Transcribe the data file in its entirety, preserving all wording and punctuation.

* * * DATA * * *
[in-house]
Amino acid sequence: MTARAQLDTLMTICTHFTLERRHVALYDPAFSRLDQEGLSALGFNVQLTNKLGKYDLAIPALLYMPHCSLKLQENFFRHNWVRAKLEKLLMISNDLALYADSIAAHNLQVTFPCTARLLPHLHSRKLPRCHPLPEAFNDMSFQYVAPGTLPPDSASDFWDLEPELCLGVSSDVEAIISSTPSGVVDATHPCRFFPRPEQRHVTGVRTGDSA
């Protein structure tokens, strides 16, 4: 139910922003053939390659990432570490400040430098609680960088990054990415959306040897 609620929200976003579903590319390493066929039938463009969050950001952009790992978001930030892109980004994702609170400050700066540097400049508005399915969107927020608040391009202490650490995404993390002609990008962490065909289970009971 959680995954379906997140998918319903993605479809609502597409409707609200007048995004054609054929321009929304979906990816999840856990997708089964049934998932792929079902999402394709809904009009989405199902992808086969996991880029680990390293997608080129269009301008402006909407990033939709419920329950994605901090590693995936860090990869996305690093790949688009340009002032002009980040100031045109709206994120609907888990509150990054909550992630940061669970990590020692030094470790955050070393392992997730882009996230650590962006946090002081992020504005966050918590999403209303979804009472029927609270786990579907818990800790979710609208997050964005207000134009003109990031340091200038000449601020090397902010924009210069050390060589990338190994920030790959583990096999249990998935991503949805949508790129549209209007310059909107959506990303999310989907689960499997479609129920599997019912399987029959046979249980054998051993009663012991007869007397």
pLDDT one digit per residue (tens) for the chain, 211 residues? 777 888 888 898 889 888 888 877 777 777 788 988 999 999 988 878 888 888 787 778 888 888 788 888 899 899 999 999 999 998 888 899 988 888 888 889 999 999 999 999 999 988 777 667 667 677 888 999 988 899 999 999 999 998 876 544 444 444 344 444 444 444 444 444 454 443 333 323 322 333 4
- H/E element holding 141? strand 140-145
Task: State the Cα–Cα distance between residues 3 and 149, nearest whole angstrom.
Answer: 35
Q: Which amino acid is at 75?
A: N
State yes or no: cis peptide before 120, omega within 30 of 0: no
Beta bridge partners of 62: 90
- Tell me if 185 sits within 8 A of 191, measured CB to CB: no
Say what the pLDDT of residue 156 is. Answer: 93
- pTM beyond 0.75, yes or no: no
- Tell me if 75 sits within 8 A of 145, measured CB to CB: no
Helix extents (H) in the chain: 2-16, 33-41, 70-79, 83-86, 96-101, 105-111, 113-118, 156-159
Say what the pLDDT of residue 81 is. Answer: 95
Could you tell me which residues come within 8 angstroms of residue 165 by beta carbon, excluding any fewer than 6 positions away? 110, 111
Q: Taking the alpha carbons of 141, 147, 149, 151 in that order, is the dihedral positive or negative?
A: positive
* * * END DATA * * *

[in-house]
Amino acid sequence: MTARAQLDTLMTICTHFTLERRHVALYDPAFSRLDQEGLSALGFNVQLTNKLGKYDLAIPALLYMPHCSLKLQENFFRHNWVRAKLEKLLMISNDLALYADSIAAHNLQVTFPCTARLLPHLHSRKLPRCHPLPEAFNDMSFQYVAPGTLPPDSASDFWDLEPELCLGVSSDVEAIISSTPSGVVDATHPCRFFPRPEQRHVTGVRTGDSA
């Protein structure tokens, strides 16, 4: 139910922003053939390659990432570490400040430098609680960088990054990415959306040897 609620929200976003579903590319390493066929039938463009969050950001952009790992978001930030892109980004994702609170400050700066540097400049508005399915969107927020608040391009202490650490995404993390002609990008962490065909289970009971 959680995954379906997140998918319903993605479809609502597409409707609200007048995004054609054929321009929304979906990816999840856990997708089964049934998932792929079902999402394709809904009009989405199902992808086969996991880029680990390293997608080129269009301008402006909407990033939709419920329950994605901090590693995936860090990869996305690093790949688009340009002032002009980040100031045109709206994120609907888990509150990054909550992630940061669970990590020692030094470790955050070393392992997730882009996230650590962006946090002081992020504005966050918590999403209303979804009472029927609270786990579907818990800790979710609208997050964005207000134009003109990031340091200038000449601020090397902010924009210069050390060589990338190994920030790959583990096999249990998935991503949805949508790129549209209007310059909107959506990303999310989907689960499997479609129920599997019912399987029959046979249980054998051993009663012991007869007397």
pLDDT one digit per residue (tens) for the chain, 211 residues? 777 888 888 898 889 888 888 877 777 777 788 988 999 999 988 878 888 888 787 778 888 888 788 888 899 899 999 999 999 998 888 899 988 888 888 889 999 999 999 999 999 988 777 667 667 677 888 999 988 899 999 999 999 998 876 544 444 444 344 444 444 444 444 444 454 443 333 323 322 333 4
- H/E element holding 141? strand 140-145
Task: State the Cα–Cα distance between residues 3 and 149, nearest whole angstrom.
Answer: 35
Q: Which amino acid is at 75?
A: N
State yes or no: cis peptide before 120, omega within 30 of 0: no
Beta bridge partners of 62: 90
- Tell me if 185 sits within 8 A of 191, measured CB to CB: no
Say what the pLDDT of residue 156 is. Answer: 93
- pTM beyond 0.75, yes or no: no
- Tell me if 75 sits within 8 A of 145, measured CB to CB: no
Helix extents (H) in the chain: 2-16, 33-41, 70-79, 83-86, 96-101, 105-111, 113-118, 156-159
Say what the pLDDT of residue 81 is. Answer: 95
Could you tell me which residues come within 8 angstroms of residue 165 by beta carbon, excluding any fewer than 6 positions away? 110, 111
Q: Taking the alpha carbons of 141, 147, 149, 151 in that order, is the dihedral positive or negative?
A: positive